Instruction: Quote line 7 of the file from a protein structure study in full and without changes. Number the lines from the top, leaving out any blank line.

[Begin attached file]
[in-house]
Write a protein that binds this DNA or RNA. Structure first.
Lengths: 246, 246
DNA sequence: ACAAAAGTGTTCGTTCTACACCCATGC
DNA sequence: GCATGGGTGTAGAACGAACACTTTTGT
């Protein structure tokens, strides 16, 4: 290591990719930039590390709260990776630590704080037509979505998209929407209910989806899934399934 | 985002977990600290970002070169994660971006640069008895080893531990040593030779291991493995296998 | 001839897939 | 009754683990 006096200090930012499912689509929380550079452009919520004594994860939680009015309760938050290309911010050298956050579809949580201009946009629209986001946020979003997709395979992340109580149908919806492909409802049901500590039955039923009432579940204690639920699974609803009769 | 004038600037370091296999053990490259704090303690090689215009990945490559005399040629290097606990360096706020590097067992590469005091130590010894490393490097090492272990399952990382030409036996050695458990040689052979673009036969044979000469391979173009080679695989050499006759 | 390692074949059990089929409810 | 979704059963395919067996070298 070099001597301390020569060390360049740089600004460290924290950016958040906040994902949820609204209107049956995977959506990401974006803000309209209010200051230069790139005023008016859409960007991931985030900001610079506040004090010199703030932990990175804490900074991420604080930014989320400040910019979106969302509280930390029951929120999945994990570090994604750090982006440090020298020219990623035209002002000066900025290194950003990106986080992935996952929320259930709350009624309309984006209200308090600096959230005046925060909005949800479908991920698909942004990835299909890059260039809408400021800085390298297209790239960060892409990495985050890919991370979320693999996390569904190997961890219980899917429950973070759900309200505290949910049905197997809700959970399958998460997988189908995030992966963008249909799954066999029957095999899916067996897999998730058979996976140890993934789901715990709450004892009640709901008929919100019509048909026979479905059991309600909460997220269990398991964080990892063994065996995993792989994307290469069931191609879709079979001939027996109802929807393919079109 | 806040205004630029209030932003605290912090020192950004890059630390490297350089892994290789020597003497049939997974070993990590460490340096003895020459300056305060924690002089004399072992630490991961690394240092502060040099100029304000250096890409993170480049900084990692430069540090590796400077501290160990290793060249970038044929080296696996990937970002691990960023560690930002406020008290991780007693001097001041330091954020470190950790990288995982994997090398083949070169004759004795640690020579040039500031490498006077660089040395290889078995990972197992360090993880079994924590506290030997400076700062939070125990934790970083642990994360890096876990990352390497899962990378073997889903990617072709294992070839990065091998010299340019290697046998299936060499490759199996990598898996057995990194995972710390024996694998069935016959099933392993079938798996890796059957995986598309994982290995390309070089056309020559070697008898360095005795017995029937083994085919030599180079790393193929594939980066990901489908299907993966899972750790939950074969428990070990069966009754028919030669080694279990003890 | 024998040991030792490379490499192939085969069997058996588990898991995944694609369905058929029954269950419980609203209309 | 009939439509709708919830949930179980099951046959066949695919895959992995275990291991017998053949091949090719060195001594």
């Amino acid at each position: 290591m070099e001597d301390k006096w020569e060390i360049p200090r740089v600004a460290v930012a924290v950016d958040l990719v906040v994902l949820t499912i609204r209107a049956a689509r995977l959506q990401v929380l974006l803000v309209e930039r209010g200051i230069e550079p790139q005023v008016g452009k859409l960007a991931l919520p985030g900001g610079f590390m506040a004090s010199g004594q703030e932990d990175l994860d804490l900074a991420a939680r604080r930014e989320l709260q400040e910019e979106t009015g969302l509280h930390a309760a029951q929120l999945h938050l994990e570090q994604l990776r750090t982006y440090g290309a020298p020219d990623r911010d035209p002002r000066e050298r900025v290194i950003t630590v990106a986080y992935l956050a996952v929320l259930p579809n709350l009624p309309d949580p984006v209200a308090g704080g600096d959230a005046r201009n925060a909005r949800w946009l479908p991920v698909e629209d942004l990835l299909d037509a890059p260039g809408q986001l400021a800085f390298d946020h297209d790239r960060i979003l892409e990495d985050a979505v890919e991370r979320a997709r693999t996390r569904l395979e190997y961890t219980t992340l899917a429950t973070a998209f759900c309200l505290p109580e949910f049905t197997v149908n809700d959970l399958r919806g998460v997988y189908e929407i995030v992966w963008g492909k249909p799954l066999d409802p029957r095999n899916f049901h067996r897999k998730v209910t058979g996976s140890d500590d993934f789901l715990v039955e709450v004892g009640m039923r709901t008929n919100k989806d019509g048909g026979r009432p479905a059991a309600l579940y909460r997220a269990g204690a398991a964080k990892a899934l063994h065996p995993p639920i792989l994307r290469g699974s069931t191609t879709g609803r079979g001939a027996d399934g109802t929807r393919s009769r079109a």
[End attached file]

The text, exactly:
């Amino acid at each position: 290591m070099e001597d301390k006096w020569e060390i360049p200090r740089v600004a460290v930012a924290v950016d958040l990719v906040v994902l949820t499912i609204r209107a049956a689509r995977l959506q990401v929380l974006l803000v309209e930039r209010g200051i230069e550079p790139q005023v008016g452009k859409l960007a991931l919520p985030g900001g610079f590390m506040a004090s010199g004594q703030e932990d990175l994860d804490l900074a991420a939680r604080r930014e989320l709260q400040e910019e979106t009015g969302l509280h930390a309760a029951q929120l999945h938050l994990e570090q994604l990776r750090t982006y440090g290309a020298p020219d990623r911010d035209p002002r000066e050298r900025v290194i950003t630590v990106a986080y992935l956050a996952v929320l259930p579809n709350l009624p309309d949580p984006v209200a308090g704080g600096d959230a005046r201009n925060a909005r949800w946009l479908p991920v698909e629209d942004l990835l299909d037509a890059p260039g809408q986001l400021a800085f390298d946020h297209d790239r960060i979003l892409e990495d985050a979505v890919e991370r979320a997709r693999t996390r569904l395979e190997y961890t219980t992340l899917a429950t973070a998209f759900c309200l505290p109580e949910f049905t197997v149908n809700d959970l399958r919806g998460v997988y189908e929407i995030v992966w963008g492909k249909p799954l066999d409802p029957r095999n899916f049901h067996r897999k998730v209910t058979g996976s140890d500590d993934f789901l715990v039955e709450v004892g009640m039923r709901t008929n919100k989806d019509g048909g026979r009432p479905a059991a309600l579940y909460r997220a269990g204690a398991a964080k990892a899934l063994h065996p995993p639920i792989l994307r290469g699974s069931t191609t879709g609803r079979g001939a027996d399934g109802t929807r393919s009769r079109a």